Note to our followers: Our nearly 13-year run of daily publication of new content on came to a close at the end of 2018. Publisher Gary Schwitzer and other contributors may post new articles periodically. But all of the 6,000+ articles we have published contain lessons to help you improve your critical thinking about health care interventions. And those will be still be alive on the site for a couple of years.

Same old, same old, with NY Times Well column – bisphosphonates for pneumonia this time

While the overarching theme may be the same – the puzzling editorial decision-making in the New York Times Well blog/column – the specific topics change – and so, provide more examples for instruction. Bone Drugs May Have Added Benefit: Lower Pneumonia Risk is the headline of the latest troubled piece that caught my eye. The opening line: […]


Reuters report is another classic case study in how NOT to cover COVID-19 news

Four days ago, Reuters reported from Rome, “New coronavirus losing potency, top Italian doctor says.” The statement that COVID-19 “has become much less lethal” and that “the virus clinically no longer exists in Italy” caused an uproar in the global scientific community. But it was Reuters that gave the scientist an international megaphone. Journalist Roxanne […]


60 Minutes promotes one hospital’s “promise of plasma”

I’m a bit late on this with only a few excuses.  The birth of a new grandson.  Computer problems.  Living in the Minneapolis area and being focused on the death of George Floyd and the ensuing protests. But this is worth addressing, even though a little late. CBS 60 Minutes broadcast a story it called, […]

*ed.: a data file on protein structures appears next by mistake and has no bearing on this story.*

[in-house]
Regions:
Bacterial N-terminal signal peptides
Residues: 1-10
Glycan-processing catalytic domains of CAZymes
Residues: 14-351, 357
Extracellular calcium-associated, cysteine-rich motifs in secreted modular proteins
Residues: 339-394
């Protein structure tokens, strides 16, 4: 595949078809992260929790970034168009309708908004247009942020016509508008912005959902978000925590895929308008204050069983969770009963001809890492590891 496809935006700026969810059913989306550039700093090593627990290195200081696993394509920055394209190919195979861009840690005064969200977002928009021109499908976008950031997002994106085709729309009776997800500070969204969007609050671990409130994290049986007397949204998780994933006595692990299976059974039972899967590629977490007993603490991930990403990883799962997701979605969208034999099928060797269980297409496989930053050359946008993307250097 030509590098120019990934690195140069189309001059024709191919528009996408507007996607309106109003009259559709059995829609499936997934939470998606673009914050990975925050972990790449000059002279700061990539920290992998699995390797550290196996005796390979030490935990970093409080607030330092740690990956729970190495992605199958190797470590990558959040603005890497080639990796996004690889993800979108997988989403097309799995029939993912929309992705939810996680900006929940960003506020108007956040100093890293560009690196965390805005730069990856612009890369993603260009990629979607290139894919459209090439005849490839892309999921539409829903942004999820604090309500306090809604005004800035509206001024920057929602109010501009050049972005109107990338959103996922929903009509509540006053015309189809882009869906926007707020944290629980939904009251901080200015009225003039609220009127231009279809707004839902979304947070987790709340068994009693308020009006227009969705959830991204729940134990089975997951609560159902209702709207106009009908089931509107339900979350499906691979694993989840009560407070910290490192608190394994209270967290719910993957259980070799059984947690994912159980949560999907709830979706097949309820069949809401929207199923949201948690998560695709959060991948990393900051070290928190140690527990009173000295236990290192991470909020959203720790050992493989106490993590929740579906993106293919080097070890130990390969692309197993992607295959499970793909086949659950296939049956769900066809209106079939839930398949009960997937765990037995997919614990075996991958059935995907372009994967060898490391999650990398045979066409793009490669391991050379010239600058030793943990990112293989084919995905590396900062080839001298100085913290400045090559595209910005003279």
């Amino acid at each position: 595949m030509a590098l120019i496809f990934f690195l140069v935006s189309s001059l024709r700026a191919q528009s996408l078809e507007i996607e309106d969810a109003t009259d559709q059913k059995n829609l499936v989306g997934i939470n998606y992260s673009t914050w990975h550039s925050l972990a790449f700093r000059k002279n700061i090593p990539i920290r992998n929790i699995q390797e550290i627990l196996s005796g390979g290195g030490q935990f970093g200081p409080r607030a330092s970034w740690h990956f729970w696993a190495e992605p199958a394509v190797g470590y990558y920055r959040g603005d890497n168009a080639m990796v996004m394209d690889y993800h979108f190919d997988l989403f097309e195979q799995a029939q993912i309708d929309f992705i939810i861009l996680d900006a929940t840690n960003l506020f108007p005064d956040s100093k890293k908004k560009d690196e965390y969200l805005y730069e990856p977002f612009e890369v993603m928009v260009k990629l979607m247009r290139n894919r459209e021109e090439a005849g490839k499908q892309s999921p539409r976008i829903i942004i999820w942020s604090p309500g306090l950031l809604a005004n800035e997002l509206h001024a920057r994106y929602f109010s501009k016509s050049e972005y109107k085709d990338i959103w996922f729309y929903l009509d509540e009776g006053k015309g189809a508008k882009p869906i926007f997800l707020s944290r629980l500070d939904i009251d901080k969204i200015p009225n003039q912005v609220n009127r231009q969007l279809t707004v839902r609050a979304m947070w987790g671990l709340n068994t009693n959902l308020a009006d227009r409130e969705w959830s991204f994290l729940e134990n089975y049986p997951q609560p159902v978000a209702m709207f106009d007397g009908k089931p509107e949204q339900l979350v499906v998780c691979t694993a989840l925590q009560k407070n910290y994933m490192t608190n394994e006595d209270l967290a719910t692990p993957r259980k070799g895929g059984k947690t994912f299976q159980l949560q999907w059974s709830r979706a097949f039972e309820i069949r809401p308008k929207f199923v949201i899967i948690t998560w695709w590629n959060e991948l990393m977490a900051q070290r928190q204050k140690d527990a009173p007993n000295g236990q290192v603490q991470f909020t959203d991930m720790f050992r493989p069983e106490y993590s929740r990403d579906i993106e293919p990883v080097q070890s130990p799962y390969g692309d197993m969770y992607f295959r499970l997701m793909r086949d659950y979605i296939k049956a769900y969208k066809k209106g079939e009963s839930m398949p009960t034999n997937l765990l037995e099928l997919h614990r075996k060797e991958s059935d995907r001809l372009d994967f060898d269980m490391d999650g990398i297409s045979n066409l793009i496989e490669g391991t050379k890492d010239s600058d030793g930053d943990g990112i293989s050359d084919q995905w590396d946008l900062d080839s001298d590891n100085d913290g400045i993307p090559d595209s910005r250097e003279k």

Avoid single patient, single source COVID-19 stories – especially on “cures”

This is a lesson for news readers from Fargo to Duluth to Toronto and places in between and beyond.  The lesson is that you can’t jump to conclusions based on news stories about a single patient, or about a single researcher’s belief in a cure. Single anecdote stories There simply isn’t much you can say […]


Journalism in pandemic: online training for thousands of international journalists

When I taught media ethics in the University of Minnesota School of Journalism and Mass Communication, I’d be thrilled to teach in an auditorium filled with 150 students. This week, I spoke to an online course that has more than 7,000 international journalists enrolled from more than 150 countries. That’s what I’ve been told by […]


Warning: early vaccine trial results don’t always stand test of time

“The drugmaker Moderna said on Monday that the first coronavirus vaccine to be tested in people appeared to be safe and able to stimulate an immune response against the virus.” That’s what an early New York Times story reported yesterday. Erick Turner, MD, reacted on Twitter: Hey, didn’t you hear? The vaccine “appears to be […]


Flubs and flaws in New York Times stories on llamas and coffee

I’ve written it and said it before: I applaud most of the New York Times pandemic-era news coverage. But I continue to see head-scratching lapses in editorial approach and judgment – flaws that could be so easily corrected with a bit more caution and care. Hoping llamas will become coronavirus heroes is a Times story […]


Mutant coronavirus story upsets scientists about preprint journalism

This is the way many of my days begin these days, being blasted out of my chair by smart skepticism and criticism on coronavirus issues on social media.  Today’s lift-off came from a virology researcher at Cornell: This LATimes article is INFURIATING. So much misinformation based on just that preprint. They took quotes from the […]


Thanks for missing, but it’s still here

I am touched, and I chuckle, when an occasional follower on Twitter writes, “Oh, how I miss!” Or I’ll read, “We need now more than ever.” The fact is that these readers are usually reacting to something just published on, which is still alive. I think I know, though, what followers mean […]


The start of a study is often not newsworthy – even when you bring God into it

On the day a study begins, there isn’t much you can say about it. There is no evidence. There is a hypothesis. You could talk about the protocol – how the study will be done. You can’t jump to any conclusions. This article questions why news organizations report on the first day of a study. […]


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